Canberra Youth Theatre (CYT) has an extensive history spanning over 45 years and has worked with young people across all aspects of theatre and production during this time.
Engaging with our Alumni is an important part of our operations, particularly inviting these practitioners back to CYT to work with our young artists in workshops, classes, and performances. We are excited to welcome back playwrights, poets, actors, directors, and designers, providing a valuable pathway and ensuring our young people see that a career in the arts is a viable and rewarding option.
A little bit about – Claudia Howarth, CYT Technical Theatre Team 2016
Before joining CYT in 2016, I was in my last semester of a Bachelor of Arts at the Australian National University, majoring in History and English. I had very limited experience in theatre (only taking one high school theatre class), however I have always had a great interest in the production side of performing arts. I wanted to do this course to see whether theatre might be something I would be keen to pursue as a career or hobby.
With this in mind, I joined CYT’s Technical Theatre Workshop to learn the basics of theatrical lighting, sound design and stage management. As well as attending weekly classes with industry professionals, we were given key roles in two of CYT’s productions. I was approached by the artistic director, Katie Cawthorne, to be the stage manager for The Verbatim Project. At first reluctant to be entrusted with so much responsibility, I soon realised that I thoroughly enjoyed the role and, once The Verbatim Project had finished, I asked to stage manage the next production – The Greek Project: Antigone.
By the end of the course, I had stage-managed two shows, and acquired solid knowledge of how a theatrical production goes from an initial idea right through to opening night. But the benefits of attending CYT didn’t stop after the course was over – Katie told me about a course in theatre production that she thought I should apply for. She provided advice and guidance on the application process, and this is what undoubtedly clinched me the spot. Thanks to the amazing people at CYT, I am now studying stage management as part of a Bachelor of Fine Arts (Production) at the Victorian College of the Arts in Melbourne.
I found my time at CYT to be particularly valuable because it helped me realise that I am capable of handling bigger tasks and much more responsibility than I had ever thought possible. The tutors encouraged us, believed in our abilities, trusted us and treated us like professionals. I am very grateful to have had this experience and would recommend it to anyone interested in theatre and what goes on behind-the-scenes.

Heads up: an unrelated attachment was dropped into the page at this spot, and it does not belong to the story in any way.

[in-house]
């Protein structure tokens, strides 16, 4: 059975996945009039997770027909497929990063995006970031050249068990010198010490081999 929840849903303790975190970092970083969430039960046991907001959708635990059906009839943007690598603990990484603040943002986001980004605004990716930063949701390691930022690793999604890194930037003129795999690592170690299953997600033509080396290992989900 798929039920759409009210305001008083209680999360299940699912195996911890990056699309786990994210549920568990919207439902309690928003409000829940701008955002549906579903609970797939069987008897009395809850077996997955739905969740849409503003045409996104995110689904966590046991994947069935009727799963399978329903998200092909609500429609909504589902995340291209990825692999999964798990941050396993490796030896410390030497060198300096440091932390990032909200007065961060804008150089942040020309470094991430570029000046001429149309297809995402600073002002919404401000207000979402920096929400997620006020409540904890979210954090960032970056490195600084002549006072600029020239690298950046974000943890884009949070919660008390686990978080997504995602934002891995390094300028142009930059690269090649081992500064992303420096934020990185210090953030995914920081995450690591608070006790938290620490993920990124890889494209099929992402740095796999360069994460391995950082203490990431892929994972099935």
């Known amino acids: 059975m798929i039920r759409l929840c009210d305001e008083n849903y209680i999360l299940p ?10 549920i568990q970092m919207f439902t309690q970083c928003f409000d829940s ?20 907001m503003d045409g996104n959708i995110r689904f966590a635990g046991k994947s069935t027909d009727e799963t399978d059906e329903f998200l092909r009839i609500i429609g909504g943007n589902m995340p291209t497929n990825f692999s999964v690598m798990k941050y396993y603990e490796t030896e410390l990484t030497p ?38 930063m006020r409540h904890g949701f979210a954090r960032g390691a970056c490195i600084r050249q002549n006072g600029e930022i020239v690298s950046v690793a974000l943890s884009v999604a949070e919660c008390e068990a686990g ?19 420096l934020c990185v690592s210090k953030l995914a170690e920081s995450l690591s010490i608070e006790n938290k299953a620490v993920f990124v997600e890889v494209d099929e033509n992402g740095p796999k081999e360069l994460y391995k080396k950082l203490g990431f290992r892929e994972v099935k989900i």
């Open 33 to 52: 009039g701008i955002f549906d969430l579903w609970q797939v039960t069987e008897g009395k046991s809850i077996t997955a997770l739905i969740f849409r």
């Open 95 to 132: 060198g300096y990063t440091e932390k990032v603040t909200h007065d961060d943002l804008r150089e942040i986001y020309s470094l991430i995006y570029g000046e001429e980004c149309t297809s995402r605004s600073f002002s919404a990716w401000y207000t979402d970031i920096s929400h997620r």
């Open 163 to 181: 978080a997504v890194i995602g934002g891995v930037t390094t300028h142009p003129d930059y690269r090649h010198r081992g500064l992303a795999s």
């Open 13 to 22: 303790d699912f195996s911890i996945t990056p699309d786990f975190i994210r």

A little bit about – Casey Elder, CYT Alumni and Tutor
Casey started at CYT in 2010 and has since gone on to graduate from NIDA.
She was in the Actors Ensemble Productions Retrieval (2010), Cockroach (2011 and 2012), and SKIN (2015). Casey was also a part of the Associate Artists Program as an Associate Director and directed shows in Canberra and Perth. Those productions were The Great (NUTS), Zak and Reefa’s Bollywood Funeral (Fringeworld, YouAreHere) and Talk Dirty To Me (The Cutting Room Floor).
Casey has been a Tutor for CYT since 2011 and has represented CYT at the Youth Theatre Forum in Melbourne. In 2014 Casey studied makeup at the Canberra Makeup Academy and has since gone on to study makeup at NIDA, which she has just graduated from in 2016.
Casey is now living in Sydney working as a makeup artist on short films and a semester production at NIDA.
When discussing CYT Casey quotes, “I miss being around CYT, it always feels like coming home when I go back there. I owe a lot of who I am as an Artist to CYT, most of my development happened there and I’ll always be grateful to them for all the incredible opportunities they gave me.”
A little bit about – Joshua Bell, CYT Alumni and poet
Joshua Bell is a Canberra based Actor, Writer, and Theatre-maker, and the poet responsible for the inspiration behind our production poem every day. He has been an active member of CYT since 2008, being involved with many productions including: The Messenger, A Good Animal, Studio Underground and SKIN.
He has performed with many groups including Canberra REP, NUTS, ANU, You Are Here, River of Arts Festival, BnC Theatre, The Acting Company, ImproACT, and most recently became part of the troupe Lightbulb Improv.
He currently works as a Reference Librarian at the National Library of Australia, and can be seen reading his poetry at Slamboree, BAD!SLAM!NO!BISCUIT!, Art Underground and Smith’s Varietal. His recent poetry undertaking is his poem every day project where he creates a poem every day for 30 days. In 2015 Georgia Black’s exhibition Think of Your Thoughts was titled after one of his poems.
He credits (blames) CYT for a lot of his creative endeavours.
What does CYT mean to you?
I started working with CYT straight out of year 12, and it was the best thing that I could have done. The level of training was fantastic, everyone was so supportive, and I got to form some close friendships which I still cherish. It gave me the opportunity to find my voice, and to gain confidence and skills in performance, but more crucially than that, in life. That’s why I continued to be involved over my teens/early twenties. It offered a safe place where I was pushed, where I could experiment, and I have yet to find another place quite like it.
I can honestly say that I would not be the same person I am without the help of CYT.